When gold is serving as money, it is simply being used as a marker entitling the holder to his allocate share of the economic pie vis a vis other holders of money. The value of money at a given point in time fluctuates depending on the amount of money people have that they are willing to spend and what is available to them to buy for that money which in turn depends on the size and composition of the economic pie.

So long as the money can be sufficiently dividable, as is possible by issuing notes backed by smaller and smaller amounts of gold, there will always be sufficient money to divide up the economic pie and accommodate any growth engendered by more work or more efficiency or more creativity or some combination thereof.

With economic growth and a static amount of money, prices will simply go down and money will be worth more. Conversely, if the pie shrinks, the money is worth less and prices will go up. This is true whether the money is gold backed or something else or backed by nothing. anything that causes the pie to shrink is bad as is anything that increases the amount of money without increasing the size of the pie (like inflation).

Nick Bradley August 6, 2010 at 1:13 pm

I don’t think you understood my argument.

Since the gold supply has not grown as fast as GDP growth, the pirce has to be higher than $20.67 the historic (pre-1913) price for an ounce of gold. So if the gold supply doubled, and the economy went up 40x, then gold should be ABOUT $400/oz, right?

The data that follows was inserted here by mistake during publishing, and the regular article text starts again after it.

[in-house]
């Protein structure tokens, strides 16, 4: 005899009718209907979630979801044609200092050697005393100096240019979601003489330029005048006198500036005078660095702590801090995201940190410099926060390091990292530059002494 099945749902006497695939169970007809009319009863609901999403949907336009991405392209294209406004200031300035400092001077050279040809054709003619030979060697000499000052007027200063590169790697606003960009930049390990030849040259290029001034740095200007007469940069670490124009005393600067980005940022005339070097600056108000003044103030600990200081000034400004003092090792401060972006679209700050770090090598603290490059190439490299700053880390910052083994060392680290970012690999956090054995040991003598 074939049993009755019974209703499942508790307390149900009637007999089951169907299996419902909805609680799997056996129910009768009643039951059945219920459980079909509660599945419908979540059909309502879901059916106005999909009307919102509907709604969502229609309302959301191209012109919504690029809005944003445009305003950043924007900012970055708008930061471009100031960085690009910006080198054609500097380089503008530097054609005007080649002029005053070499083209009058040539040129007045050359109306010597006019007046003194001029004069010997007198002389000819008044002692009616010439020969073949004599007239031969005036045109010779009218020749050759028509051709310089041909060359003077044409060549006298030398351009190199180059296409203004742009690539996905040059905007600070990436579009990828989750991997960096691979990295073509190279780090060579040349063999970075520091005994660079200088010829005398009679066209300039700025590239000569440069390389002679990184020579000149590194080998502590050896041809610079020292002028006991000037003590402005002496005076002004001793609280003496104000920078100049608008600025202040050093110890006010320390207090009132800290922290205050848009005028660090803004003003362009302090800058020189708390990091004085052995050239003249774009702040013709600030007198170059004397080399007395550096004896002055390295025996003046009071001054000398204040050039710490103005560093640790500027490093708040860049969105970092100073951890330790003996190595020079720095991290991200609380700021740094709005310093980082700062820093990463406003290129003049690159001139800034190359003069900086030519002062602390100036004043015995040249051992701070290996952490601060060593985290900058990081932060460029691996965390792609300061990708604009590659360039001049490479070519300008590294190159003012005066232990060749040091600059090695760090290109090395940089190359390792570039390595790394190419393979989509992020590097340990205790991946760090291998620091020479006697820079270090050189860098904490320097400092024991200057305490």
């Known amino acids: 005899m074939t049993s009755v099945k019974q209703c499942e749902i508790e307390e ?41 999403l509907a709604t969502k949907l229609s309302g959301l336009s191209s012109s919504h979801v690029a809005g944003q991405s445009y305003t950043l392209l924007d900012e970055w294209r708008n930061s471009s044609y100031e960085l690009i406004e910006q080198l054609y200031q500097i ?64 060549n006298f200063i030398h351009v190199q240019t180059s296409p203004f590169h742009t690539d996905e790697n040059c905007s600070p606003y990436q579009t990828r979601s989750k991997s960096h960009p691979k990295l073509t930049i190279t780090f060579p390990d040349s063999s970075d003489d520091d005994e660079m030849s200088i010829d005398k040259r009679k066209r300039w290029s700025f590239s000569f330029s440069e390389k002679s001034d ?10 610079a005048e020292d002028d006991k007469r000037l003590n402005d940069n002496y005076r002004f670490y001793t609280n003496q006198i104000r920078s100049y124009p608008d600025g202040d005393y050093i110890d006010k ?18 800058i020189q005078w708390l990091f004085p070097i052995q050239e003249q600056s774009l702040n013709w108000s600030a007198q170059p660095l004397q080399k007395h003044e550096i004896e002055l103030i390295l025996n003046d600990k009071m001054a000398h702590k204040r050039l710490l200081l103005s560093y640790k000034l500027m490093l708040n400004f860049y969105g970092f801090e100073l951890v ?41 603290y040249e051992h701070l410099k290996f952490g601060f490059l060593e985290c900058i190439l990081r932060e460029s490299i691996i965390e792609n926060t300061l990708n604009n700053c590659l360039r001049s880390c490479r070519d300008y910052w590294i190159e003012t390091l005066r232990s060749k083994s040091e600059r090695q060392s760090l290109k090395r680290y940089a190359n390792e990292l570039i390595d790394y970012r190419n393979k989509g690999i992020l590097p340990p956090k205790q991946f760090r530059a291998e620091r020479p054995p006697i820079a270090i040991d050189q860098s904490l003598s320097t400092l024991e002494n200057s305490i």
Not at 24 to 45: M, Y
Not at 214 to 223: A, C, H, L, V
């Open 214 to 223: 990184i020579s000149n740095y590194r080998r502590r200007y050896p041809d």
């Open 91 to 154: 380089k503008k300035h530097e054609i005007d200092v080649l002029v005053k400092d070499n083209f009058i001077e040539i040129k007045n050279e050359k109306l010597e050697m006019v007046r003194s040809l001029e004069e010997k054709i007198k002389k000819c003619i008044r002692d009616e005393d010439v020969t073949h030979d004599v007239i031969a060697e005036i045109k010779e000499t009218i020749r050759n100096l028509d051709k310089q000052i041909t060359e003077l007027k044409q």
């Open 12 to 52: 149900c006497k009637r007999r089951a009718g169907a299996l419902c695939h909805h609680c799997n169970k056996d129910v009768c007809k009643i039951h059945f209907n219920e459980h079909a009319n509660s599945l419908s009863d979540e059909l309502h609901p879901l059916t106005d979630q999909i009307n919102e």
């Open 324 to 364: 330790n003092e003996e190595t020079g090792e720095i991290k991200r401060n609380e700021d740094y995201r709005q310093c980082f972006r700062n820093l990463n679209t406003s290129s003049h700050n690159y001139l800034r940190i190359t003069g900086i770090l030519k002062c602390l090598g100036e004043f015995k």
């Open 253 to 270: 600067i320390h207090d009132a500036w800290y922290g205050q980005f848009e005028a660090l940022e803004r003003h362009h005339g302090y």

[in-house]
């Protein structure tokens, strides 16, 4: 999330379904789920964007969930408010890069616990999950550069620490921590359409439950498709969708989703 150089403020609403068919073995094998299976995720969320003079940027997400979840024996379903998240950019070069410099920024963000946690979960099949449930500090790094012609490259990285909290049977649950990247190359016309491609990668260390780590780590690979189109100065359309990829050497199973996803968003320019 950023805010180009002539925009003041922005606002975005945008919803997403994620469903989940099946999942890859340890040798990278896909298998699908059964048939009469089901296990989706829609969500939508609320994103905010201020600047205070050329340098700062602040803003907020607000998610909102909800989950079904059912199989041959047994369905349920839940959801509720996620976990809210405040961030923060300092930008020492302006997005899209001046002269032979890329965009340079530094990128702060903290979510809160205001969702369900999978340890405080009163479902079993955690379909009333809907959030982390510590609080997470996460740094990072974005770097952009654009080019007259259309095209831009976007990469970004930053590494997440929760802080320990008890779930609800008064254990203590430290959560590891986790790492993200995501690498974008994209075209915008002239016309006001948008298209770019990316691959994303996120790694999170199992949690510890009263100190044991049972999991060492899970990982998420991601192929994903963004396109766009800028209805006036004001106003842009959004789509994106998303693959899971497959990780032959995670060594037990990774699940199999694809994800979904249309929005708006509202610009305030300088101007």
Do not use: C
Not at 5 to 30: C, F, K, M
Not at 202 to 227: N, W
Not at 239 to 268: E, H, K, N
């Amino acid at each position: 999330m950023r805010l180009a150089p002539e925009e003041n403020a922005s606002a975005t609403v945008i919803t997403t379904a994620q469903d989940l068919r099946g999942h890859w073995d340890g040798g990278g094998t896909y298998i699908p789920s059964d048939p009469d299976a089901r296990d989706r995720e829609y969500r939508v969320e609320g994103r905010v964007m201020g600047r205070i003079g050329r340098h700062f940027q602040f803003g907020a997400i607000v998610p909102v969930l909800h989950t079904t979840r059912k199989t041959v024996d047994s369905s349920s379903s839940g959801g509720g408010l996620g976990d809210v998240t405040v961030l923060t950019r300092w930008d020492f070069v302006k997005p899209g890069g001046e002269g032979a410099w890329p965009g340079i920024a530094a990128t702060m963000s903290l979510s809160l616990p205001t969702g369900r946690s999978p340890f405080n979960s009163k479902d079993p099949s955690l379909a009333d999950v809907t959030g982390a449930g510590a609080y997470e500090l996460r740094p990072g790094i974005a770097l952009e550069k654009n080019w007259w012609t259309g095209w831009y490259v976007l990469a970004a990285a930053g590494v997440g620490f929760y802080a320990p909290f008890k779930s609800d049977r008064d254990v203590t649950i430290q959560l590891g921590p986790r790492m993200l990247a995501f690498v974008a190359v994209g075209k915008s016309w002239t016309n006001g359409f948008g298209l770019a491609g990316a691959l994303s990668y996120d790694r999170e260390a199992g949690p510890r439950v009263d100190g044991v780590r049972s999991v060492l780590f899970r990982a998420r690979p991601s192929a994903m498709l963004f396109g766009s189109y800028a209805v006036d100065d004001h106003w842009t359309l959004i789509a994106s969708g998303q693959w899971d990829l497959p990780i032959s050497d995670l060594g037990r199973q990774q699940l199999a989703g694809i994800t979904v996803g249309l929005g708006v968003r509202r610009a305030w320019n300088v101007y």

And if the gold supply stayed static, the price should have went up 40x, right?

Usually when confronted with these facts, gold bugs just stop responding.

J. Murray August 6, 2010 at 1:28 pm

GDP and the price of gold aren’t remotely connected. The problem is that you’ve confused GPD with national wealth and commodity pricing. GDP is designed specifically to justify government spending and monetary inflation as the GDP is not adjusted to account for money growth and considers government spending a net positive. I would say the primary reason for the silence is that no one has approached them with the confused notion that gold prices and GDP should increase at the same pace.

Basically, gold is just another commodity on the market. If I were to, say, attempt to correlate our economy through CPUs, we would run into a similar confusion, just in the opposite direction. If the GDP is 2x greater today than it was in 1985, how come CPUs cost half as much? The same question can be raised no matter what commodity you chose. Wheat, soybeans, oil, etc.